[Taxacom] snowy owl irruption and territoriality

Kenneth Kinman kennethkinman at webtv.net
Mon Feb 6 21:46:34 CST 2012

Dear All,
     I was reading more about this winter's irruption of snowy owls.  It
seems to be especially concentrated into the midwestern states this time
around, even some reaching Oklahoma and Arkansas (as well as the large
numbers recorded in Kansas that I noted before).  

       But I am struck by the fact that there has never EVER been a
snowy owl recorded in either Arizona or New Mexico.  And yet, a snowy
owl managed to make it to Bermuda at one time in the past (killed
because it was predating on the endangered cahow).  

      Even more shocking is the snowy owl appearing in Hawaii this past
Thanksgiving, also killed, but due to its potential threat to airplanes
at an airport.  How the hell did it get to Hawaii, but none have ever
been recorded in Arizona or New Mexico.  Chance dispersal to Bermuda
does not surprise me, but a dispersal to Hawaii seems so unlikely that I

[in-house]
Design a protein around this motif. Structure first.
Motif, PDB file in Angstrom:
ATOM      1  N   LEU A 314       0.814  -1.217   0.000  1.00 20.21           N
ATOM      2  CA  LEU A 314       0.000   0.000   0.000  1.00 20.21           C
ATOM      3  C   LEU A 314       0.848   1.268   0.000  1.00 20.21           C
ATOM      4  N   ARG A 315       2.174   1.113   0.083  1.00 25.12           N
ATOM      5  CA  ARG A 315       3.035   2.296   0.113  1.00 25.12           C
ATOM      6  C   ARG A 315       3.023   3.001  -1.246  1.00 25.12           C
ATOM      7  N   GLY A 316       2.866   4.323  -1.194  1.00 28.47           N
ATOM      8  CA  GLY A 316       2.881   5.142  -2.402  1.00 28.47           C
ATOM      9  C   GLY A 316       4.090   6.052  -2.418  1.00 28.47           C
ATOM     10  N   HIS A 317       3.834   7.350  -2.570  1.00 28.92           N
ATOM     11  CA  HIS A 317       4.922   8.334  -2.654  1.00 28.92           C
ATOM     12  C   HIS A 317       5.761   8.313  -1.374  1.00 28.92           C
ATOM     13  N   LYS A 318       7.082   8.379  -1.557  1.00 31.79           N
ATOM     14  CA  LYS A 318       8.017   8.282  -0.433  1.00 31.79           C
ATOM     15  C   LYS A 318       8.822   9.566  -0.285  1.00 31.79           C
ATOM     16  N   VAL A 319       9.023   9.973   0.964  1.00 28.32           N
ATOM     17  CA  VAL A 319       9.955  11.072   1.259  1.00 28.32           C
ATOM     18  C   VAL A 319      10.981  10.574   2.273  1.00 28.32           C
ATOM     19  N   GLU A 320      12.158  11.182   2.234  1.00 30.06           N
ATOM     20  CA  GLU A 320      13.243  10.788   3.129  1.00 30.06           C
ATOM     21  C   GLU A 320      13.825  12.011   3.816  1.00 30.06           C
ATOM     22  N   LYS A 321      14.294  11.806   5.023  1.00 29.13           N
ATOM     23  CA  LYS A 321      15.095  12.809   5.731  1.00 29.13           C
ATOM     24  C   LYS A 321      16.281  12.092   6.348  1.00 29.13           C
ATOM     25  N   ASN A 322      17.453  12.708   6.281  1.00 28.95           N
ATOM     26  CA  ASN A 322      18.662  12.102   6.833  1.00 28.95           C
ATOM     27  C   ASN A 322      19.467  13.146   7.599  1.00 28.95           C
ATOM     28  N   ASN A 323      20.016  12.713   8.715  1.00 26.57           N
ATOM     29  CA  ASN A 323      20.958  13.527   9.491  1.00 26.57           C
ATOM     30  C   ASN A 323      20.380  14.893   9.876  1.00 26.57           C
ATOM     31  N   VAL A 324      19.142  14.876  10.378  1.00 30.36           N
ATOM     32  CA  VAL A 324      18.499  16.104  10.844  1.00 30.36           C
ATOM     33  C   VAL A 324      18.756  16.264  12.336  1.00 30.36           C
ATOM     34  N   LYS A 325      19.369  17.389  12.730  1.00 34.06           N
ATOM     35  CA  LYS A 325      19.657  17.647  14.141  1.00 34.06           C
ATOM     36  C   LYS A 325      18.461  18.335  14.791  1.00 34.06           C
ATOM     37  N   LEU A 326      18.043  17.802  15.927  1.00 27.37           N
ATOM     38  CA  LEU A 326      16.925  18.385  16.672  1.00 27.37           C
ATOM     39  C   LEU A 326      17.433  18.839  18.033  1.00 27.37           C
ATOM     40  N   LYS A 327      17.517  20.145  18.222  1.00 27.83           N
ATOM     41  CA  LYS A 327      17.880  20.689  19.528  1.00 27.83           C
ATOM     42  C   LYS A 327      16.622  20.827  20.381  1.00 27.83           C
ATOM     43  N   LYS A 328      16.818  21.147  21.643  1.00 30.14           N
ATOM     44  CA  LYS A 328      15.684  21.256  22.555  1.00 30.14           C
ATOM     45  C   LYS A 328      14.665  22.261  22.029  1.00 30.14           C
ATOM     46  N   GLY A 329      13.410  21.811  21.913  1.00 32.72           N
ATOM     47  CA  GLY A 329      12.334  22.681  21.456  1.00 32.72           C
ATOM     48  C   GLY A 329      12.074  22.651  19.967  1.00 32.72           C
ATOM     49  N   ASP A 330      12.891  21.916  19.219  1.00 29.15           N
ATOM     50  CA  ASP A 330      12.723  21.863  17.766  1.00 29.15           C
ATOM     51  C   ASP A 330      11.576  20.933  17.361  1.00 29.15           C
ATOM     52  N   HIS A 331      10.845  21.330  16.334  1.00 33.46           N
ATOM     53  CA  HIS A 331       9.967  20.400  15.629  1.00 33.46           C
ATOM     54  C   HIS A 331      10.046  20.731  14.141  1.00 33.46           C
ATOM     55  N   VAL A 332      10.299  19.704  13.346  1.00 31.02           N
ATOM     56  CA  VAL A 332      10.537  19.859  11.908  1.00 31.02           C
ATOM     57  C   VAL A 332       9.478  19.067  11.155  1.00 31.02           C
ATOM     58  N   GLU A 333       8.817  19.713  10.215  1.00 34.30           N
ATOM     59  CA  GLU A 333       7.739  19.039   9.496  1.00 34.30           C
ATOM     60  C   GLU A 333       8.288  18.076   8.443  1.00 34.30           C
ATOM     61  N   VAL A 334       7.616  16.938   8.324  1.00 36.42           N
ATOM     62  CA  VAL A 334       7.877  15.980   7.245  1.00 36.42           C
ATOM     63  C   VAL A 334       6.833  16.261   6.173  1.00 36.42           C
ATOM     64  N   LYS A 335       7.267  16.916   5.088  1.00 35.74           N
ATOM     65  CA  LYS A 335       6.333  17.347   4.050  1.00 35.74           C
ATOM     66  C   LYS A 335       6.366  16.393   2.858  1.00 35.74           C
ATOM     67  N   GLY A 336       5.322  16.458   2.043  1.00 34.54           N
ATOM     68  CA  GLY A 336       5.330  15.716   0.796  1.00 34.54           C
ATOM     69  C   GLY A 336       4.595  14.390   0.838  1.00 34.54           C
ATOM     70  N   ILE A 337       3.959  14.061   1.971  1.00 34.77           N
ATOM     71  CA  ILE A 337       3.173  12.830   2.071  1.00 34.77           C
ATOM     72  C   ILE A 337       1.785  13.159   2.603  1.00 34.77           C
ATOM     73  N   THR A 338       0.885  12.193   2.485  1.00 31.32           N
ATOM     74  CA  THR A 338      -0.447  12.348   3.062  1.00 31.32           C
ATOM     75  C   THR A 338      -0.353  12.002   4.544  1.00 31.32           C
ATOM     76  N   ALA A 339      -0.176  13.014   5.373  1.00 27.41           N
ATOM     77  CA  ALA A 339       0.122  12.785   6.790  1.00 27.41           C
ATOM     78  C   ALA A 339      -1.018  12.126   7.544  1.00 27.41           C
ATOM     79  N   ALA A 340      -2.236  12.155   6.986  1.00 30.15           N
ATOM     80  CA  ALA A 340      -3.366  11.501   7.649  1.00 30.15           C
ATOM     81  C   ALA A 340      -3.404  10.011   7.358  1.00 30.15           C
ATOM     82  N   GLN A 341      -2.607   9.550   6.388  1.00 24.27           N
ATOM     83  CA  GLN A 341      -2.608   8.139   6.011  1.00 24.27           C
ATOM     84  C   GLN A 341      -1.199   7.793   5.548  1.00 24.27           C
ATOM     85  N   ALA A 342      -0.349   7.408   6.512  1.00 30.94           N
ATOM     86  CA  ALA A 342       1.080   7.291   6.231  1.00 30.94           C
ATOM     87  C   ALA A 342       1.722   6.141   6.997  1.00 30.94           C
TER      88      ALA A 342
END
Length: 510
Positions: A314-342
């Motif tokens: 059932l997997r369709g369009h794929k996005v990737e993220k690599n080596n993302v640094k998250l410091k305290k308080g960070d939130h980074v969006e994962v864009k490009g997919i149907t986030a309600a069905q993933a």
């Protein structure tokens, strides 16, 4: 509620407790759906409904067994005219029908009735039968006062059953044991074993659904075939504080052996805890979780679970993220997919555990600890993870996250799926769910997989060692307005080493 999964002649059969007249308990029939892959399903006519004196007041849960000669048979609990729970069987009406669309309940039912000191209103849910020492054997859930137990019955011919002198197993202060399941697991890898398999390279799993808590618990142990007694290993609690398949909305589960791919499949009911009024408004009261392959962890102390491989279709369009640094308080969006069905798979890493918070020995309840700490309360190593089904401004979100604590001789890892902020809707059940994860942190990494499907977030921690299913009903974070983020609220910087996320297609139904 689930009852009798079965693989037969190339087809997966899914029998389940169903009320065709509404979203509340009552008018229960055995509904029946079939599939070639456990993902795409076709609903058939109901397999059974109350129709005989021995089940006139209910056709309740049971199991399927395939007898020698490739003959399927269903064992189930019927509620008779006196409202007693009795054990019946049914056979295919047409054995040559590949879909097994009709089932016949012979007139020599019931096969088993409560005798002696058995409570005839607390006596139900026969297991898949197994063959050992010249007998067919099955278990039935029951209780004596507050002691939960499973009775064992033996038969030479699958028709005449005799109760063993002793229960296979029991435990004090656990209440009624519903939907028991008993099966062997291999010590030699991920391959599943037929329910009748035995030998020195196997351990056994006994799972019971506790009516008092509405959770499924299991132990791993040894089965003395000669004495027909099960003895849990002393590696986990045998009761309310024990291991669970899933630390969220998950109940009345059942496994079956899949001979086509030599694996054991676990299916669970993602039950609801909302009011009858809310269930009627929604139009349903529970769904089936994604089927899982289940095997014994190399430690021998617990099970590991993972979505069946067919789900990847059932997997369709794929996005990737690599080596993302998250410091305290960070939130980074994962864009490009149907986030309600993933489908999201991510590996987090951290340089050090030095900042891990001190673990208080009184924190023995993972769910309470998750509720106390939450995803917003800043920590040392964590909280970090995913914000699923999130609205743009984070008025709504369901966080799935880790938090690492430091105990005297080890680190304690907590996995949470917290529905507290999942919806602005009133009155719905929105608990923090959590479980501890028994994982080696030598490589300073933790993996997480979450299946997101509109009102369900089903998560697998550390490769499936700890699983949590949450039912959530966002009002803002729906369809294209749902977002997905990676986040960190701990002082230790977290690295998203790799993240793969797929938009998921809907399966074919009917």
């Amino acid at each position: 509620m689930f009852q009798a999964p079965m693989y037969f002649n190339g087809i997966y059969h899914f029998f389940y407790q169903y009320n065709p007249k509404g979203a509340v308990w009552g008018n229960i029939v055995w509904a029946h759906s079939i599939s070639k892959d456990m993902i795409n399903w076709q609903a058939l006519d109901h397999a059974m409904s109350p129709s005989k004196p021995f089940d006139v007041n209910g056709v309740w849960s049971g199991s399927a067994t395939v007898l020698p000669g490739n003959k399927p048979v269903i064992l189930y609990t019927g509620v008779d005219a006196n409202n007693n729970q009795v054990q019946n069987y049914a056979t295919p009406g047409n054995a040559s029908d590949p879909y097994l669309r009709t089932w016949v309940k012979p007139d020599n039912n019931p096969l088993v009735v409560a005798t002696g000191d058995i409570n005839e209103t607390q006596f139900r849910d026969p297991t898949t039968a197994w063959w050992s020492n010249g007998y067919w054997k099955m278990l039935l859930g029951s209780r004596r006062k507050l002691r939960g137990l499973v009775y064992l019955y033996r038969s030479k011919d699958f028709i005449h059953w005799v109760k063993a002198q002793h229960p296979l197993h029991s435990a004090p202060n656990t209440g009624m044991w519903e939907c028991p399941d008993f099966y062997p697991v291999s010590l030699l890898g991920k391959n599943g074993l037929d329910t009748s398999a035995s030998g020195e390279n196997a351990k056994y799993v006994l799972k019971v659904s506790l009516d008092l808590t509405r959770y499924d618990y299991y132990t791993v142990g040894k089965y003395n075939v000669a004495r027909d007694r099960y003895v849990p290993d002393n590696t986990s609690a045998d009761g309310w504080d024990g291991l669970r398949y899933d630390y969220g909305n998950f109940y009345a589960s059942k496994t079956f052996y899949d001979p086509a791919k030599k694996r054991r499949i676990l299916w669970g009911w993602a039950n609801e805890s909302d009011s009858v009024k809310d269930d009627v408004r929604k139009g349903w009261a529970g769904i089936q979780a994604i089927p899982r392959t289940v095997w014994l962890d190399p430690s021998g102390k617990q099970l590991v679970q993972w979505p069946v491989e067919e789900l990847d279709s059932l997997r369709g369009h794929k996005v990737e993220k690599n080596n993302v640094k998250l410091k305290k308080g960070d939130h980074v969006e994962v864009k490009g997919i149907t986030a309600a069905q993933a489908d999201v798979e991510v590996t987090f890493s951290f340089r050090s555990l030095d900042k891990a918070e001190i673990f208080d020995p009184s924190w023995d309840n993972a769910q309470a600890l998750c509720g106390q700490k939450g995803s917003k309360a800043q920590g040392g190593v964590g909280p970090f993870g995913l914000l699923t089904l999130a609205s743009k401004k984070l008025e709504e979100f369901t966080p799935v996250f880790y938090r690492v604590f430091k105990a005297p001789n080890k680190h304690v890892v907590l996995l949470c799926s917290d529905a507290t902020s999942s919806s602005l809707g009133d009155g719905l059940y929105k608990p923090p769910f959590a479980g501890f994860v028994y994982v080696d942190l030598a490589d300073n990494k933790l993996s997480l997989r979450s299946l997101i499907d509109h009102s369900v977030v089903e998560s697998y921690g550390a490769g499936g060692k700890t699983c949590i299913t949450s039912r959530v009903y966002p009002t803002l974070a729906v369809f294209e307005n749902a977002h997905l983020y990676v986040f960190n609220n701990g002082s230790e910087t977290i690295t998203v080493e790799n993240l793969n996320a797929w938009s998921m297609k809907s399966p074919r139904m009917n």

can't help but wonder if it could have somehow hitched a ride on a ship
or airplane (after all, it was found at an airport on Hawaii, which is
why it was eventually shot).

       Although it created some controversy, I am not overly upset about
the owl on Hawaii being shot, since there was virtually no chance that
is could have returned to its breeding grounds.  But if it actually flew
to Hawaii (not a hitchhiker), it perhaps demonstrates that such vagrants
have enough energy to disperse very long distances, not starving owls
forced to disperse due to lack of food.  

      Seems to me more likely that they are immatures being thrust far
from southern Canada mainly by mature male snowy owls, themselves having
been thrust out of more central parts of Canada by larger female snowy
owls.  Immature male owls are at the lowest end of the pecking order,
and the most likely to be displaced and forced so far afield.
Therefore, although some of these immature males might be dying from
hunger, there is also evidence that most of them are dying from
collisions with human constructs (vehicles, power lines, etc.) that are
far more common in the United States than the sparsely populated areas
of northern Canada (from whence they came). 

      And there seems to be no evidence that there has been any major
decreases (much less crashes) in the populations of lemmings or other
rodent prey of these owls in Canada.  Therefore, I still think it is due
to a large bumper crop of snowy owls last year which resulted in
overcrowding and territorial expulsions, not a major decrease in their
food supply in Canada.            -----------Ken Kinman    

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